In part two of Inside Radio’s Programming Outlook 2021, our panel of executives discusses the impact of new technology that emerged during the pandemic, from in-home, remote broadcasting to virtual artist performances and appearances that quickly became the norm. While these newer technological advances came to the forefront last year, podcasting continues to be a growth area for radio groups, especially the ability to offer locally-produced, on-demand content for listeners.
One of the most dramatic shifts in broadcasting was forced upon the industry as offices and studios were vacated in the early months of the COVID outbreak. Remote broadcasting used to mean doing a live show from a client location, station event or concert. Now, remote broadcasting is synonymous with the practice of doing a daily air shift from home.
“The story of radio’s nimbleness to adapt to new technology and leverage it to our advantage continued during this challenging year,” Entercom Executive VP of Programming Jeff Sottolano says. “I think we’ve learned that there’s a lot that can be done remotely but some things that can’t – like the in-person rapport and dynamic of a multi-talent show.”
Justin Chase, Chief Content Officer at Beasley Media Group agrees. “Nothing replaces the creative collaboration with a radio staff that can only take place together at the radio station,” he tells Inside Radio. “Once we are past the pandemic, you won’t see a lot of remote broadcasting at Beasley.”
While it may not be carried over to the degree it was in 2020, remote broadcasting will likely serve as a way to import talent from outside the market. “I think we’ll be smart about leveraging remote broadcasting to attract new talent from different parts of the country and also give high performing talent the ability to impact more brands,” Sottolano explains.
Something that will likely continue in years to come is the prevalence of virtual artist performances.
“Zoom proved to be a new shared experience with select listeners and artists,” Hubbard Senior VP of Programming Greg Strassell notes. “The interviews can be gold, and can be repurposed for on-air and digital channels. I expect we will see more audience engagement on Zoom, StreamYard and others that pushed us into digital video, much faster than we expected.”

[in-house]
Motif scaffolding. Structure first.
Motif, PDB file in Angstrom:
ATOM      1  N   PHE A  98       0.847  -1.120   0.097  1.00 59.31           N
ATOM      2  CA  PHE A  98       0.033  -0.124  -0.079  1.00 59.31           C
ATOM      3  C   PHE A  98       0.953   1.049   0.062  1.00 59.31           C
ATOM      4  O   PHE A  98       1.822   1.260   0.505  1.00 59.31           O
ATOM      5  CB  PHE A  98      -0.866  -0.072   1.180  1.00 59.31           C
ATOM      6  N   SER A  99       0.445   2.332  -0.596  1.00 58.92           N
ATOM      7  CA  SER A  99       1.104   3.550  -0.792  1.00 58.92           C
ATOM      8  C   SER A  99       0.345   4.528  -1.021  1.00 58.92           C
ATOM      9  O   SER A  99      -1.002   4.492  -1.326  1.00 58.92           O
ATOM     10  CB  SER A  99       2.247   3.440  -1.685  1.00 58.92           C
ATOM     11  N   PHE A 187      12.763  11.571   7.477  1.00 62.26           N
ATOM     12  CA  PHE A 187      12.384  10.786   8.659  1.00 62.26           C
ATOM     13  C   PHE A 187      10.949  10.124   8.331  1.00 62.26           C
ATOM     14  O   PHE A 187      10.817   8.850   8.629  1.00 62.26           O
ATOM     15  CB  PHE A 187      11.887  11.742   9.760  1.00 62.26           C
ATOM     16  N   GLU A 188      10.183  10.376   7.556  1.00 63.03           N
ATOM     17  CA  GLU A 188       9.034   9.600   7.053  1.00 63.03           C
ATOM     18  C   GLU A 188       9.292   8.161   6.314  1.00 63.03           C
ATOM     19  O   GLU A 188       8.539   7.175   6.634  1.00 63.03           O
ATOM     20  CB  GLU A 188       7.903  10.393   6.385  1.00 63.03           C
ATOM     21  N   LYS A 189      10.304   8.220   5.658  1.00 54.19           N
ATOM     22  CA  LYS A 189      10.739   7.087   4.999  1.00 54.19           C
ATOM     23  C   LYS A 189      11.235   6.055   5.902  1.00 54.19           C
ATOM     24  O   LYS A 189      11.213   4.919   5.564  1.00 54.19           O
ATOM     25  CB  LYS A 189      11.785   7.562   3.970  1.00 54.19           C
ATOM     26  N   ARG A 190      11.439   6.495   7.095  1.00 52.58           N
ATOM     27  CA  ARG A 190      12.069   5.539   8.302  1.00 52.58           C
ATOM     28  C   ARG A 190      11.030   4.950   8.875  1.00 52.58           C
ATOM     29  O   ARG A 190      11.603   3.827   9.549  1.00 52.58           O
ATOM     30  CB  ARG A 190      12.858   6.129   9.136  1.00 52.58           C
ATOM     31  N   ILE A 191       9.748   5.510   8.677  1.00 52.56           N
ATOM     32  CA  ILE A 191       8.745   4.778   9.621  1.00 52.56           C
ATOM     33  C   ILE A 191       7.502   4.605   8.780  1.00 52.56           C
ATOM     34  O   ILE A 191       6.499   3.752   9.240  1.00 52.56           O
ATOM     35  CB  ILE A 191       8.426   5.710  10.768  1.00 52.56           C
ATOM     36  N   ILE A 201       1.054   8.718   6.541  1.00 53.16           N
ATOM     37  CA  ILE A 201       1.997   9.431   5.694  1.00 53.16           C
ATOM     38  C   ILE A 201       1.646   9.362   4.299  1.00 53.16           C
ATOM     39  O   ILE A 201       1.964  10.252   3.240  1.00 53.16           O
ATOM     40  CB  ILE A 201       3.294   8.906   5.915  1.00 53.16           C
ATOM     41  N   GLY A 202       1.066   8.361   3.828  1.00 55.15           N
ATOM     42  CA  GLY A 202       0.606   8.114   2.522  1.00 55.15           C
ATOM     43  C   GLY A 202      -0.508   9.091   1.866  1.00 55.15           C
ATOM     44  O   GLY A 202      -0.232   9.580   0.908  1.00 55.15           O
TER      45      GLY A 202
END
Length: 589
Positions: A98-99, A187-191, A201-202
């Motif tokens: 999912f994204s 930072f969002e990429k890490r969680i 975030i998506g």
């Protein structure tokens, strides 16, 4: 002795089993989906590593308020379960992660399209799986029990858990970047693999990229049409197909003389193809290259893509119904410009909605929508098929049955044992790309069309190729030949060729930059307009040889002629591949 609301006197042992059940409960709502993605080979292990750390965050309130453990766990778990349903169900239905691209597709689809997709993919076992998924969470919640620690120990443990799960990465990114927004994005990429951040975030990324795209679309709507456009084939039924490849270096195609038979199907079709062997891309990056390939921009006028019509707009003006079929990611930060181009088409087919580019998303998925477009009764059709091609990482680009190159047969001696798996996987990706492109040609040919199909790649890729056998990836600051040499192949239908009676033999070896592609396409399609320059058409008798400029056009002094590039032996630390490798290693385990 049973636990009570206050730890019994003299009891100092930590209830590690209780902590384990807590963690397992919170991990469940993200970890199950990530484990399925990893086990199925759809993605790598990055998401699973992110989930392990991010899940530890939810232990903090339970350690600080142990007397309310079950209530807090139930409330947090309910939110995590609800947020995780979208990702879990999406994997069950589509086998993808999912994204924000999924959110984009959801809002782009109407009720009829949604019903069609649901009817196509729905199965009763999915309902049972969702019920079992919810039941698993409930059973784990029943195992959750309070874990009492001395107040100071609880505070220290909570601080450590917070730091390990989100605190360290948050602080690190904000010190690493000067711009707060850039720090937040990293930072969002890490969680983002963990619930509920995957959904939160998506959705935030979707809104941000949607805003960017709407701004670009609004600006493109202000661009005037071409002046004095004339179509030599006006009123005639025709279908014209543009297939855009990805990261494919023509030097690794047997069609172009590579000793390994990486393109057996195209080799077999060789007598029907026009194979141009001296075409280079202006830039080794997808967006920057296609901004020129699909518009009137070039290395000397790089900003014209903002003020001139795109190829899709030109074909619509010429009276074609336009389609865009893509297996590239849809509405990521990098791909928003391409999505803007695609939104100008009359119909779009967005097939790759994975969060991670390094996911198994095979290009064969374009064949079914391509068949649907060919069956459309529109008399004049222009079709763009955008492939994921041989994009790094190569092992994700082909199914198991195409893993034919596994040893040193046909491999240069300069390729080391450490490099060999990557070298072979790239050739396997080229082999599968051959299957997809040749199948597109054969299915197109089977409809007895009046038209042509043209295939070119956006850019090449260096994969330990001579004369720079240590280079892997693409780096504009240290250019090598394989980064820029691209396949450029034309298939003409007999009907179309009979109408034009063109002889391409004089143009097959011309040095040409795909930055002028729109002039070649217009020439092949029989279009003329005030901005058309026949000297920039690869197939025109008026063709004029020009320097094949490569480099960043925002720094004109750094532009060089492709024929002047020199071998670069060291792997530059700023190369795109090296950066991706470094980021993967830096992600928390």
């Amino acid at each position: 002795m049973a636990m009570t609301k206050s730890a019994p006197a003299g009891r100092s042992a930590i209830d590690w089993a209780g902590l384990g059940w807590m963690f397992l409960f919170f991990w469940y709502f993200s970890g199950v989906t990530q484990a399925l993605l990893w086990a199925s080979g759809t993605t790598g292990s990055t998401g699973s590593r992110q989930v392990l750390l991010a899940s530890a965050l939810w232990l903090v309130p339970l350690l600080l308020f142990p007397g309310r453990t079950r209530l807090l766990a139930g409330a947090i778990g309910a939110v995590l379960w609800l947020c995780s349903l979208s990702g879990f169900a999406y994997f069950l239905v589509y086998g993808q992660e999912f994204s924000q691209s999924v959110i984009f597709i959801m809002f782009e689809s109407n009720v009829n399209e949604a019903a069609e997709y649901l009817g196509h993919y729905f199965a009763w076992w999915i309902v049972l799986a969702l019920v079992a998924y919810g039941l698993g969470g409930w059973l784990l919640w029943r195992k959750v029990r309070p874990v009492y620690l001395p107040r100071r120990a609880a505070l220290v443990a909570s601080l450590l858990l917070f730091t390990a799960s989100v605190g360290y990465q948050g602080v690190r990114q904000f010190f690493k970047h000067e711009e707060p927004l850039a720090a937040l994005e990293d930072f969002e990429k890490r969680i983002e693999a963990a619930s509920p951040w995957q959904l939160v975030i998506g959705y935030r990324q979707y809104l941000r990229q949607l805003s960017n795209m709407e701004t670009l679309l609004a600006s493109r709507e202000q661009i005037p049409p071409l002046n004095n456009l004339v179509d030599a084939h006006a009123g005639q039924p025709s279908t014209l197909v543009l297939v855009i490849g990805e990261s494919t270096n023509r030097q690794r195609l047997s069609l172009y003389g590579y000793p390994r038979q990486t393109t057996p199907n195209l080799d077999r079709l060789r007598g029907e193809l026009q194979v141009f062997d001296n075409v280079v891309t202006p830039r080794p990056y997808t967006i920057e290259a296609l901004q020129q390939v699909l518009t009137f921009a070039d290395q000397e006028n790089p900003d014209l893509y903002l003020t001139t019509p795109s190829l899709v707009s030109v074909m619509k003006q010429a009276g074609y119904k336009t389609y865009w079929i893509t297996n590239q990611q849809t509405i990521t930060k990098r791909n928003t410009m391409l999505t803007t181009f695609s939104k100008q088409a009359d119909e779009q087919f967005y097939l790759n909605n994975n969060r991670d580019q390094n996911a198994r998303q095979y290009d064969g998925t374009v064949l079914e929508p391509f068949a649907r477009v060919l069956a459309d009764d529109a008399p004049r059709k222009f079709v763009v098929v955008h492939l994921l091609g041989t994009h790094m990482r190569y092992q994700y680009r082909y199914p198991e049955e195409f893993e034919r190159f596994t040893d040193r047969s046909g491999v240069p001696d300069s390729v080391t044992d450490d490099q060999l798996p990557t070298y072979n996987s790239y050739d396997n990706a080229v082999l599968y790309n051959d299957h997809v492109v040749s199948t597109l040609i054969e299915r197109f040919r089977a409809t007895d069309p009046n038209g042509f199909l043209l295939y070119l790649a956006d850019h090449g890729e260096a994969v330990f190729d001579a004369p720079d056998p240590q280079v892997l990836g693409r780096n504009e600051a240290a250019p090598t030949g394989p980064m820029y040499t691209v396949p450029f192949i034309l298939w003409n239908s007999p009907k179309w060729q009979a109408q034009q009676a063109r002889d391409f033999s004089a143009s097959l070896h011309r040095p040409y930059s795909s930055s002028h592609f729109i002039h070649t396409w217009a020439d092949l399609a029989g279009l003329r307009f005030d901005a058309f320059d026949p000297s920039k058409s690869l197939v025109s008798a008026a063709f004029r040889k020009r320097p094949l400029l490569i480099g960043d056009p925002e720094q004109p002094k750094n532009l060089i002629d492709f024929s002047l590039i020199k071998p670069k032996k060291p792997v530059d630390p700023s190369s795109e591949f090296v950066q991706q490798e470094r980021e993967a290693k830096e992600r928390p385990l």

Chase also sees an opportunity for more virtual events post-COVID. “It may be a supplementary revenue stream for events and concerts, attracting additional ticket sales of people who aren’t able, or don’t wish, to attend in person.”
Sottolano adds, “While we are all anxious to attend our first concert in some time in 2021, I think artists and brands will continue to find creative ways to connect with their audiences using virtual technology.”
While a great deal of focus has been on the new advances and changes brought on by the pandemic that will continue into 2021, there’s an ongoing extension of radio that is sure to continue to grow: podcasting. Borrell and the RAB recently revealed that eight in ten stations are producing locally-focused podcasts.
“The key, of course, is one’s ability to develop a local podcast that people are going to want to listen to,” Coleman Insights Senior VP/Senior Consultant John Boyne suggests. Simply thinking that a local show will fare better than a podcast with a national focus is a trap, Boyne says. “Instead, think about what content specifically could drive interest in your local community,” he continues. “Maybe it’s a podcast about a local sports team. Maybe it’s a podcast about a local scandal. Maybe it’s a podcast about local cuisine.”
Sottolano reminds us that “radio has been producing podcasts locally since before it was en vogue.” The company’s Radio.com platform is home to mainstream popular podcasts from outside producers, including “The Daily” from The New York Times, “The Journal” from the Wall Street Journal and “The Weeds” from Vox, alongside podcasts from some of the company’s most-popular sports-talk programs, such as “Game Time with Boomer Esiason,” “Carton & Roberts” and “The Sports Junkies.” “Local podcasts are a great opportunity for talent and brands to expand their audience and address more niche content than a broadcast format might allow,” Sottolano explains. “We are consistently thinking about how we can leverage our content and production expertise in the podcast space and make it accessible to local brands and talent.” – Jay Gleason